FOR IMMEDIATE RELEASE
Gary Snyder Gallery is pleased to announce Tadaaki Kuwayama, an exhibition of four site-specific works in titanium, aluminum, Mylar and Bakelite at 529 West 20th Street, opening on January 19, 2012. The main gallery will be configured to contain two distinct installations: Untitled (1992/2012), a horizontal line of twenty-two red aluminum elements that wrap around a corner, and Untitled (2012), eight pink titanium panels standing vertically on the floor at alternating angles. This is the first work Kuwayama has made in this material. The south gallery will feature Untitled (1996/2012), a set of six Mylar sheets bisected by a thin line of red and blue graphite, and Untitled (1992/2012), eight panels of finely grooved, pale pink and yellow Bakelite.
This exhibition follows acclaimed museum shows of Kuwayama’s work in Japan and the United States. His retrospective, Out of Silence, held at the Nagoya City Art Museum in 2010, presented work ranging from early 1960s monochrome canvases to a recent floor-installation of alternating silver and gold aluminum cylinders. In 2011, Untitled – Tadaaki Kuwayama, his solo show at the 21st Century Museum of Contemporary Art, Kanazawa, consisted of five site-specific installations, including a ring of nine-foot-tall anodized aluminum panels in one of the museum’s interior courtyards. The following June, the National Museum of Art in Osaka presented White, for which the artist installed sixty works, including three series of white paintings on handcrafted washi paper. In 2009, Kuwayama’s Untitled (1962) was included in The Third Mind: American Artists Contemplate Asia, 1860–1989, and is currently on display in Surface, Support, Process: The 1960s Monochrome in the Guggenheim Collection. In November this year, Kuwayama will have a solo exhibition at the Museum of Modern Art, Hayama, Japan, and in early 2013 he will show at the Daegu Art Museum, Daegu, South Korea.
Born in Nagoya in 1932, Tadaaki Kuwayama studied nihonga painting at the Tokyo National University of Art. Dissatisfied with the constraints of traditional practice, he and his wife, the artist Rakuko Naito, moved to New York City in 1958. He soon developed a minimalist aesthetic, which at first consisted of two vivid colors juxtaposed in horizontal and vertical compositions, as well as monochromatic panels divided by thin strips of chrome. In 1961 and 1962, he had solo exhibitions at the famed Green Gallery, which showcased other influential artists of the day, including Ralph Humphrey, Dan Flavin, and Robert Morris. Kuwayama’s work attained broad recognition, and was featured in the Guggenheim Museum’s legendary Systemic Painting exhibition in 1966.
Since the 1960s, Kuwayama has had solo exhibitions at many prestigious and influential galleries, including: Green Gallery (1961, 1962, New York), Tokyo Gallery (1967, Tokyo), Galerie Bischofberger (1967, 1968, Zürich), Gallery Yamaguchi (1985, 1989, 1993, 1997, 2001, 2005, 2010, Osaka), Nagoya City Art Museum (1990, Nagoya), Satani Gallery (1990, 1992, 1996, Tokyo), and GARY SNYDER Project Space (2008, New York). During this period his work was also featured in numerous landmark museum exhibitions, such as Vormen van de Kleur (1966–1967, Stedelijk Museum, Amsterdam), Kunst wird Material (1982, Nationalgalerie Berlin), Japanese Art After 1945: Scream Against the Sky (1994, Solomon R. Guggenheim Museum), Monochromes: From Malevich to the Present (2004, Museo Nacional Centro de Arte, Reina Sofía, Madrid), and The Third Mind: American Artists Contemplate Asia, 1860–1989 (2009, Solomon R. Guggenheim Museum). In 1985, the Kitakyushu Municipal Museum of Art held his first retrospective in Japan.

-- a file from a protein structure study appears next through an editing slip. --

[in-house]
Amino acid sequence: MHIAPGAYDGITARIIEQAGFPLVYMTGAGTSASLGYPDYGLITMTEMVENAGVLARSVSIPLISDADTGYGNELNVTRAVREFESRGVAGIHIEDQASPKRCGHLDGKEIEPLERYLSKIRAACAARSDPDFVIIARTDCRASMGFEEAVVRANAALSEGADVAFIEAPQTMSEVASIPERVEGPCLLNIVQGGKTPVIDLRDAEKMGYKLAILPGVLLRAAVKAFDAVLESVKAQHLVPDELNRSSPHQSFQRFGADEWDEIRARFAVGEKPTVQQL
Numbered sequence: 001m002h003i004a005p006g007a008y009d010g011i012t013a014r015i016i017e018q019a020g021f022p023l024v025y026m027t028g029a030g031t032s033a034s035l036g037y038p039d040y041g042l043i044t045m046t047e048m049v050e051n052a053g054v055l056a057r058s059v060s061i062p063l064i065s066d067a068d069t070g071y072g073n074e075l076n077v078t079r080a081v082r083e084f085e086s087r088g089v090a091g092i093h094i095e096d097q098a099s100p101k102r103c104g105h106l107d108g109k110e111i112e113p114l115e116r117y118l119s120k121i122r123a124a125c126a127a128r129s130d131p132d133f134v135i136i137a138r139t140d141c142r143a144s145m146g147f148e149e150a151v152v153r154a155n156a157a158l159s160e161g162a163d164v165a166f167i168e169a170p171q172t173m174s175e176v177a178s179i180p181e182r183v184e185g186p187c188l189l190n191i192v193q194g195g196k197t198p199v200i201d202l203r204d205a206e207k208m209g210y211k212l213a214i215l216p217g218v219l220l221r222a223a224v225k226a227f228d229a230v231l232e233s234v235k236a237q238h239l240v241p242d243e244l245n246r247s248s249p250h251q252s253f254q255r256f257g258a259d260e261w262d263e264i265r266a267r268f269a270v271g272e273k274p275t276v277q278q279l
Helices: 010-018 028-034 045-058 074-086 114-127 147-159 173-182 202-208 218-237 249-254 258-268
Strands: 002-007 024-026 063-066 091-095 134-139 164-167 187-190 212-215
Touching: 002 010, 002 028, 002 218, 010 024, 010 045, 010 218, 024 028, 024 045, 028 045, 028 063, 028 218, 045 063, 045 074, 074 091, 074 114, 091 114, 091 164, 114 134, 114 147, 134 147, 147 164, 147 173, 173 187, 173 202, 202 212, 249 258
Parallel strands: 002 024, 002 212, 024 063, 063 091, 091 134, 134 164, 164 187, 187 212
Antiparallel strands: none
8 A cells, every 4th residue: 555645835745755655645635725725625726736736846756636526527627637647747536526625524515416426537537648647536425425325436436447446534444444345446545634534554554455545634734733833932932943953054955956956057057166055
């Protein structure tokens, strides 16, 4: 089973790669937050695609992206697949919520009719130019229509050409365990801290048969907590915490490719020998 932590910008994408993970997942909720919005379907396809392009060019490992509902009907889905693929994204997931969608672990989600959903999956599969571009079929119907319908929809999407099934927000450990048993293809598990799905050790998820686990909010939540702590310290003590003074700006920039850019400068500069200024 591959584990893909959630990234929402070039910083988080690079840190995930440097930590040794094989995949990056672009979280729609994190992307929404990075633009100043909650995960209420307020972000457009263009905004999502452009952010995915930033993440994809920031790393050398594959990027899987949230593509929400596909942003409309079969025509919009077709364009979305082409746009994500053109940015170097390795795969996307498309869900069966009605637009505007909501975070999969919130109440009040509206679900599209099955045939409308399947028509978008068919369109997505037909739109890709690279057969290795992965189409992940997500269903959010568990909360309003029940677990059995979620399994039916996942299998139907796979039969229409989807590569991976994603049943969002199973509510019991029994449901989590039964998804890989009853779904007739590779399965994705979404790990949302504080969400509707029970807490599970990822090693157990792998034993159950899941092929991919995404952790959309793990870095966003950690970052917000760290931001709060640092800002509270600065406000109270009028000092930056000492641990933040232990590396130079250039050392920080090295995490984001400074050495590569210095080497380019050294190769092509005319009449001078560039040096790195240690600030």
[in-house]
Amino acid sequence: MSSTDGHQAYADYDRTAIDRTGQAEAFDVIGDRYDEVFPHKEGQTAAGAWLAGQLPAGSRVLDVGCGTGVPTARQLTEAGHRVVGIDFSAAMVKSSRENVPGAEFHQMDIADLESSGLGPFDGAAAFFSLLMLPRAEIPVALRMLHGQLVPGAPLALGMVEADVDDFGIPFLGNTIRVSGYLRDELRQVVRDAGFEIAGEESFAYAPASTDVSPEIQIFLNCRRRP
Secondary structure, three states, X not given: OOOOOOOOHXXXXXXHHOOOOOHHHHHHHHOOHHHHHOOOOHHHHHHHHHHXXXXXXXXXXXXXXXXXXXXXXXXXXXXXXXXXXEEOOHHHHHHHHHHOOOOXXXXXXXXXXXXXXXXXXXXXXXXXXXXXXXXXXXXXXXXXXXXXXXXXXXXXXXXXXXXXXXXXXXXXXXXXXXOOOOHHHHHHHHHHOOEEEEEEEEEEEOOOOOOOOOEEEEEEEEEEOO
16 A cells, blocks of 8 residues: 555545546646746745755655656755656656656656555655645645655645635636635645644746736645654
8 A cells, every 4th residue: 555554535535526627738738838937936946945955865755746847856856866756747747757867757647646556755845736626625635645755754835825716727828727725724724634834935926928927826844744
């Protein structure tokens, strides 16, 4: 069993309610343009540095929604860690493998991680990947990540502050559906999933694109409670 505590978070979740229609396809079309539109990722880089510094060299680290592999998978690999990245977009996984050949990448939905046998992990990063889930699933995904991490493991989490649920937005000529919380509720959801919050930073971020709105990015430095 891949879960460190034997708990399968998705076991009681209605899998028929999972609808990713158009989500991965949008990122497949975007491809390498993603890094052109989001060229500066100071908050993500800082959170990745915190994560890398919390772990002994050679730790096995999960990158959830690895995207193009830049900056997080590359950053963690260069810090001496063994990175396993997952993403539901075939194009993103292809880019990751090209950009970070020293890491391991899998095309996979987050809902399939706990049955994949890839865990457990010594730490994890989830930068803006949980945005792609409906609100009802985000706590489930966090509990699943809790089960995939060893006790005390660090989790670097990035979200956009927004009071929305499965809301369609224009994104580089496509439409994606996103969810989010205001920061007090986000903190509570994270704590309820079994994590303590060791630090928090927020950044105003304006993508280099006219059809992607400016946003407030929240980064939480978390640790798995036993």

Kuwayama’s work is featured in the collections of over forty major museums, including: the Albright-Knox Art Gallery, Buffalo; the Hara Museum of Contemporary Art, Tokyo; the Hiroshima City Museum of Art; the Indianapolis Museum of Art; the Kawamura Memorial Museum of Art, Chiba; the Museum of Contemporary Art, Tokyo; the Museum of Modern Art, New York; the Nagoya City Art Museum; the Nationalgalerie, Berlin; the National Museum of Art, Osaka; the National Museum of Modern Art, Tokyo; the Solomon R. Guggenheim Museum, New York; the Staatsgalerie, Stuttgart; the Stiftung für Konstructive und Konkrete Kunst, Zürich; and the 21st Century Museum of Contemporary Art, Kanazawa.
Gary Snyder Gallery is pleased to represent Tadaaki Kuwayama.
Tadaaki Kuwayama will be on view at Gary Snyder Gallery, 529 West 20th Street (between
Tenth and Eleventh Avenues), through Saturday, February 25, 2012. The gallery is open Tuesday through Saturday, 11:00 A.M. to 6:00 P.M. For more information, please contact Ashley Rawlings
at (212) 929-1351, or email firstname.lastname@example.org